Two years ago, I did a post on face paint and the report issued by the Campaign for Safe Cosmetics where researchers tested 10 different face painting kits, all commonly found in craft stores. Their findings were pretty scary indeed, “all 10 face paint products tested contained lead, and 6 out of 10 had known skin allergens, including nickel, cobalt or chromium, at levels above recommendations of industry studies,” said Stacy Malkan, the campaign’s co-founder and a co-author of the report.
Back then, in response to the CSC report, the Minnesota Public Radio reported, “the lead levels shown in the report are well below what the Food and Drug Administration has deemed safe for lipstick, and some experts say there are plenty of other products whose lead content should give parents a much bigger scare.
Honestly though, I personally don’t go by the FDA standards for what is “safe” for our kids. What amount of metals (if any) are okay to put on our kids? We all have to make up our own minds.
There haven’t been any updates since the 2009 report. However, some advice I published back then from BabyCenter is still helpful in providing guidelines for using face paint. Dr. Dennis Woo, former chair of pediatrics at Santa Monica-UCLA and Orthopaedic Hospital, Santa Monica, Calif., who reviewed the report, said, using face paint once a year “is probably not going to do anything at all [healthwise],” . But, he said he is surprised by the amounts of heavy metals found in the face paints. “We should start looking at this stuff. There’s no reason these heavy metals need to be in cosmetics.” His colleague, Dr. Wally Ghurabi, chief of emergency services, Santa Monica-UCLA and Orthopaedic Hospital, believes that even once-a-year use of the face paints may not be worth it. “Concerned parents should skip it,” he said. If those who apply the paints aren’t careful, he said, and get the paint too close to the eyes or nose, that could be potentially harmful.
So, the face paints that tested positive for lead?
- Alex Face Paint Studio
- Ben Nye LW lumiere Creme Wheel
- Crafty Dab Face Paints
- Don Post Grease Paint Color Wheel (also tested for Chromium)
- Jovi Make-up (also tested for Nickel and Chromium)
- Wolfe Brothers Face Art & FX (also tested for Chromium)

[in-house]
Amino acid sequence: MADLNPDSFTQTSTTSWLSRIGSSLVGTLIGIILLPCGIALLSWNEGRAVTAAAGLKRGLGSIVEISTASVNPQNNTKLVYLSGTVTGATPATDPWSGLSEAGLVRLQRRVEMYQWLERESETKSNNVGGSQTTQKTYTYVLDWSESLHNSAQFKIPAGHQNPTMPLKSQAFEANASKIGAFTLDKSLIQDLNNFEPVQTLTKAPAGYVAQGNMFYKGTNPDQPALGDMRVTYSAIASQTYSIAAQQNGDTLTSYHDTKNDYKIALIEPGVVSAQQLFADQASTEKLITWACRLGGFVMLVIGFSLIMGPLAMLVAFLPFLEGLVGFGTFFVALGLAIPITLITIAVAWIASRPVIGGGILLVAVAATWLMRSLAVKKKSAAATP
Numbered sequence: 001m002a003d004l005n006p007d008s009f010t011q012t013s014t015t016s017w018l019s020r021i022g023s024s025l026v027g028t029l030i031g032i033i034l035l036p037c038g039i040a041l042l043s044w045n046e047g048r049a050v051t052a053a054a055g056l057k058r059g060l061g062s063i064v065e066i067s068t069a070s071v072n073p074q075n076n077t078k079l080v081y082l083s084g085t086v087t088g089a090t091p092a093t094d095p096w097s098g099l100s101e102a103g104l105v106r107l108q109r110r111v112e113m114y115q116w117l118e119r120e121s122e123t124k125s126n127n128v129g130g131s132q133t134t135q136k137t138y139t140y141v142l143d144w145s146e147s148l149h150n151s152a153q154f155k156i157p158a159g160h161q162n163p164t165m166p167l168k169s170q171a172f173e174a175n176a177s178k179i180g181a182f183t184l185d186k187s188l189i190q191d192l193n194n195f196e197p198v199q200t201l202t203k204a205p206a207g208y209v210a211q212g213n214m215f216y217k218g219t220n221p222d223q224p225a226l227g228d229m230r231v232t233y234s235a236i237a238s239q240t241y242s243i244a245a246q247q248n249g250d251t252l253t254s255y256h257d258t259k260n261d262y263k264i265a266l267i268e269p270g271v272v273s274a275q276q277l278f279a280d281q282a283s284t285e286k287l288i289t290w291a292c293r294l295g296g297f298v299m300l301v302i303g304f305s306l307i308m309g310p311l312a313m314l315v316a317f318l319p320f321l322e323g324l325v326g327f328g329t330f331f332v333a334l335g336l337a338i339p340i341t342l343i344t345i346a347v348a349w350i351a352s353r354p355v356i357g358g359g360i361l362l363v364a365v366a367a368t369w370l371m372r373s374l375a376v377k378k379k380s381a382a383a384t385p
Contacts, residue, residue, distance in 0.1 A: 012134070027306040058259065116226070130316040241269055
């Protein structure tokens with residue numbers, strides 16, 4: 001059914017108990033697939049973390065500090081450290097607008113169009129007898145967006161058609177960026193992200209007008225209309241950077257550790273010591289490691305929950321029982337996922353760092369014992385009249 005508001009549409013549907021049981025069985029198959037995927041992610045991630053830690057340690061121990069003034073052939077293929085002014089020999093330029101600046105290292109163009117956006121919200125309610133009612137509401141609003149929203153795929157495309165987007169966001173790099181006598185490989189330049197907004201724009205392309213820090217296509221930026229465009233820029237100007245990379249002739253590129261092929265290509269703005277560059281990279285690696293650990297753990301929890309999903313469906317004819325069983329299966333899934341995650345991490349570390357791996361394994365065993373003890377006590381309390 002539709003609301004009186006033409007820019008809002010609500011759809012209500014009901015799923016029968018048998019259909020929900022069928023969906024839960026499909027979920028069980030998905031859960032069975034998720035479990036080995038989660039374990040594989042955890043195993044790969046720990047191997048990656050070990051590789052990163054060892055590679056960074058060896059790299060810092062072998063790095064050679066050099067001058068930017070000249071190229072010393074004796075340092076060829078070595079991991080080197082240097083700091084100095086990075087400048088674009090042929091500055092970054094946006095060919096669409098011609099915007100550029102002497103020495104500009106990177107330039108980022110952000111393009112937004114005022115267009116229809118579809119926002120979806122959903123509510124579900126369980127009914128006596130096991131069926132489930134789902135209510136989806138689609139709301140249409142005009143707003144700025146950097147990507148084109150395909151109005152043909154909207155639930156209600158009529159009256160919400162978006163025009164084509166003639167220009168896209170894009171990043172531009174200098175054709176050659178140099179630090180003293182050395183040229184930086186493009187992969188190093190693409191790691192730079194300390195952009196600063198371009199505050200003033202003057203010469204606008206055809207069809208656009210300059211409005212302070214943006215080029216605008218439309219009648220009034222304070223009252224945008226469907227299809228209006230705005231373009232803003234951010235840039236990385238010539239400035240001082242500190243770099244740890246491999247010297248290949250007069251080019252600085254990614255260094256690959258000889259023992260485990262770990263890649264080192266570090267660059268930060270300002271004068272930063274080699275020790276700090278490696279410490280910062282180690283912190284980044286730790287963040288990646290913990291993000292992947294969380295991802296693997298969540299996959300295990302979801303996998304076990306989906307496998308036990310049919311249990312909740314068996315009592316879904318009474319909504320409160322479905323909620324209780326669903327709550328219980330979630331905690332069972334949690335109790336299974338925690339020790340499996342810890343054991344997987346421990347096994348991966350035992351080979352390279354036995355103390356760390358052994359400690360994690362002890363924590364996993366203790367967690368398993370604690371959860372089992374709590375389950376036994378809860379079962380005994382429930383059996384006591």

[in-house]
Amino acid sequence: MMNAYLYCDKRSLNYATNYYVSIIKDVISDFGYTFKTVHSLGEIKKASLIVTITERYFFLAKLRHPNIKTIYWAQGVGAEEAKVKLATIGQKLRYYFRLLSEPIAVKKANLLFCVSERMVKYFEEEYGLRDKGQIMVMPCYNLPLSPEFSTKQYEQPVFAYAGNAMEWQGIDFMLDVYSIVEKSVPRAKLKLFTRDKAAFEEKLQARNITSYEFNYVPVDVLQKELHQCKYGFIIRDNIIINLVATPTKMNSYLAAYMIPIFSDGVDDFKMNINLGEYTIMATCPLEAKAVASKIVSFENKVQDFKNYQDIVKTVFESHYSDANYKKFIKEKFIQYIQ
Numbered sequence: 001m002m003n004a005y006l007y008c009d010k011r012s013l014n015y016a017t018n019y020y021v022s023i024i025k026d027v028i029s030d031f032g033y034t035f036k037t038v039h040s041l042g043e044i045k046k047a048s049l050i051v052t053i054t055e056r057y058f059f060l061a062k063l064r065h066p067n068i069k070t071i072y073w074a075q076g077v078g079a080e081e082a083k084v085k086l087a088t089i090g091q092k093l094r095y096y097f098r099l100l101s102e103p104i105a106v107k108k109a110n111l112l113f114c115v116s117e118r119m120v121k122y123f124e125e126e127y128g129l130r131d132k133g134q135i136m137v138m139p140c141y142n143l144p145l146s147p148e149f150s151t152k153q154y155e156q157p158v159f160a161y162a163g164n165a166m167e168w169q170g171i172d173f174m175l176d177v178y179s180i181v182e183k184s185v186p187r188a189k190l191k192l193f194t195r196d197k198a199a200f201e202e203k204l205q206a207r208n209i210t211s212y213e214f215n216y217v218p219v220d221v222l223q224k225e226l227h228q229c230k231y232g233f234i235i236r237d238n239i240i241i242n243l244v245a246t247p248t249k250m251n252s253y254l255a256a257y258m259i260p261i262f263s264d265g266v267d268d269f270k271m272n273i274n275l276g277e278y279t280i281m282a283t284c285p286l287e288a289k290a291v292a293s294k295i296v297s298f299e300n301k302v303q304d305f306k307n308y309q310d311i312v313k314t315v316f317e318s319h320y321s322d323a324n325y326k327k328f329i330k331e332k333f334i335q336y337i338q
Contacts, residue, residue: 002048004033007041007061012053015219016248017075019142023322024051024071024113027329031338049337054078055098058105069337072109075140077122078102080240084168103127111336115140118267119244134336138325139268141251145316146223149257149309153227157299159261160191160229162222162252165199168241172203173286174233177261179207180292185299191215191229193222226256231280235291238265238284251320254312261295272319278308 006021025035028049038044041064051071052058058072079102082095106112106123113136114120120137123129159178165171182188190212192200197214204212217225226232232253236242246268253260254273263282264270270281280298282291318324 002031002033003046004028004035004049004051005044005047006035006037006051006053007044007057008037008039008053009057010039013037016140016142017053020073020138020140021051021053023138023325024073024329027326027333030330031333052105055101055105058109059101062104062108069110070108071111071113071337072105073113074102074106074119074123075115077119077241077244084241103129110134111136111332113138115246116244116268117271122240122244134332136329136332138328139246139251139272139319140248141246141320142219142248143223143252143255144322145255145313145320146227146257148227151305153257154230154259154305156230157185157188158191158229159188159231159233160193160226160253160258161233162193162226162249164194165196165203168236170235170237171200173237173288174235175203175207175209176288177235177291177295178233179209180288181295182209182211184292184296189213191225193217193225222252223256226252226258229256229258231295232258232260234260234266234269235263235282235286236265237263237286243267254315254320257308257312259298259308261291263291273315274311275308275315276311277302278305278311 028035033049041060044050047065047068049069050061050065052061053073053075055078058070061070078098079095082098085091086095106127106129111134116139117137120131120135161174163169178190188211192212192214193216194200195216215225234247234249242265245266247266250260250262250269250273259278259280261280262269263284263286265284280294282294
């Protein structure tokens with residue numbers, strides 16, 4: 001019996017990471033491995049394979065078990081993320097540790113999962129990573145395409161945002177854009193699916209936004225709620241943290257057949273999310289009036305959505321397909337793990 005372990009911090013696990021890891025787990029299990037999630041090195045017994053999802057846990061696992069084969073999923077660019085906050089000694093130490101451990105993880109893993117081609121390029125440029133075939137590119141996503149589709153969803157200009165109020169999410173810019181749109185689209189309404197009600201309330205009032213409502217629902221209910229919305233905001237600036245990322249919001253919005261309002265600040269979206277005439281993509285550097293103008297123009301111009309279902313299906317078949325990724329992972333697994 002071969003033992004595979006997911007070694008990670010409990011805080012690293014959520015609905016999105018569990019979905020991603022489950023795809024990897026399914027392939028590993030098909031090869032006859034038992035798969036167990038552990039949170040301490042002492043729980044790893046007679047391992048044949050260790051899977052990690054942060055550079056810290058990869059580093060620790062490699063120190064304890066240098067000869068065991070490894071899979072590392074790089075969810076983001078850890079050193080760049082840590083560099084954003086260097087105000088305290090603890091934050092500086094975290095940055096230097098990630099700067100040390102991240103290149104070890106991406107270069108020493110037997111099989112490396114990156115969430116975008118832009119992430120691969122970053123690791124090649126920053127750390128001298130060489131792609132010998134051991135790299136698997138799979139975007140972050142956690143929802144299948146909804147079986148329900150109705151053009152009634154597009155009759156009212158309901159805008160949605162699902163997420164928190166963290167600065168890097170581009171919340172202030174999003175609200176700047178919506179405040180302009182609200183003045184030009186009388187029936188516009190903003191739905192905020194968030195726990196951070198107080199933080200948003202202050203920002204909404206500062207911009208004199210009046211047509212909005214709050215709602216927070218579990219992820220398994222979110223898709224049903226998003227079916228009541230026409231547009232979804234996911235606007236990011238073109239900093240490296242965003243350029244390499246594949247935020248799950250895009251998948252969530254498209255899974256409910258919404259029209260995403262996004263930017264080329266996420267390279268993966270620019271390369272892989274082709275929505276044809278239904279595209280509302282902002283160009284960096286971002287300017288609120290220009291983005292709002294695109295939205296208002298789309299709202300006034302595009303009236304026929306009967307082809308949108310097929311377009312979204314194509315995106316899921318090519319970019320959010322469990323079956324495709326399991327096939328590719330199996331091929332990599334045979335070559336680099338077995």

- Mehron Glow in the Dark Fantasy F-X
- Mehron 6-Pack Greasepaint Crayons (also tested for Nickel, Cobalt and Chromium)
- Rubie’s Silver Metallic Fard d’Argent (also tested for Nickel, Cobalt and Chromium)
- Snazaroo Face Painting Ki (also tested for Nickel and Cobalt)
What will you decide to do?
I have decided to allow my kids to get face painting 2 times a year with a professional face painter. I definitely ask questions and look at the painters’ set up. Recently, I attended a fair where poster paints were being used to paint on kids’ faces. I was appalled but nobody else seemed concerned.
Thankfully, you can still do face painting safely. You just need some time and ingenuity. Safe Cosmetics put together a list of DIY face paint recipes that range from chocolate masks to beet red lip gloss. If you can convince your child to stay away from the face painting table, you can make it a fun home activity you can do together.
After I published my initial post 2 years ago, I had lots of face painters commenting. Here were some of them:
Please keep in mind that most professional face painters would never use products “commonly found in craft stores.” It will be fairly obvious to an observant parent when they see a pro setup vs. that of an amateur or volunteer. A few dabs of paint on a paper plate, or tiny plastic pots of paint that resemble poster paints is one very clear sign of possibly sub-par products, and an artist who seems tight-lipped or nervous when asked about product safety is definitely a good reason to redirect your child.
If you see brands like Snazaroo, Mehron, Wolfe Brothers, Fardel, Kryolan, or Fantasy Worldwide, it’s a good indication that you’re dealing with a professional face painter who is using quality professional makeup. (Don’t forget that the report found that Snazaroo tested positive for lead, nickel and cobalt).
If a face painter says that his or her supplies are simply “non-toxic,” that’s not enough. Non-toxic means *only* that the item won’t kill you if ingested, not that it won’t cause an allergic reaction when used topically on the skin or that it’s truly OK to use.
Ask about the glitter being used. Conscientious, professional face painters won’t use craft glitter; they’ll use cosmetic glitter which is formulated differently and much safer in case it travels into the eyes.
What will YOU decide to do? Curious…..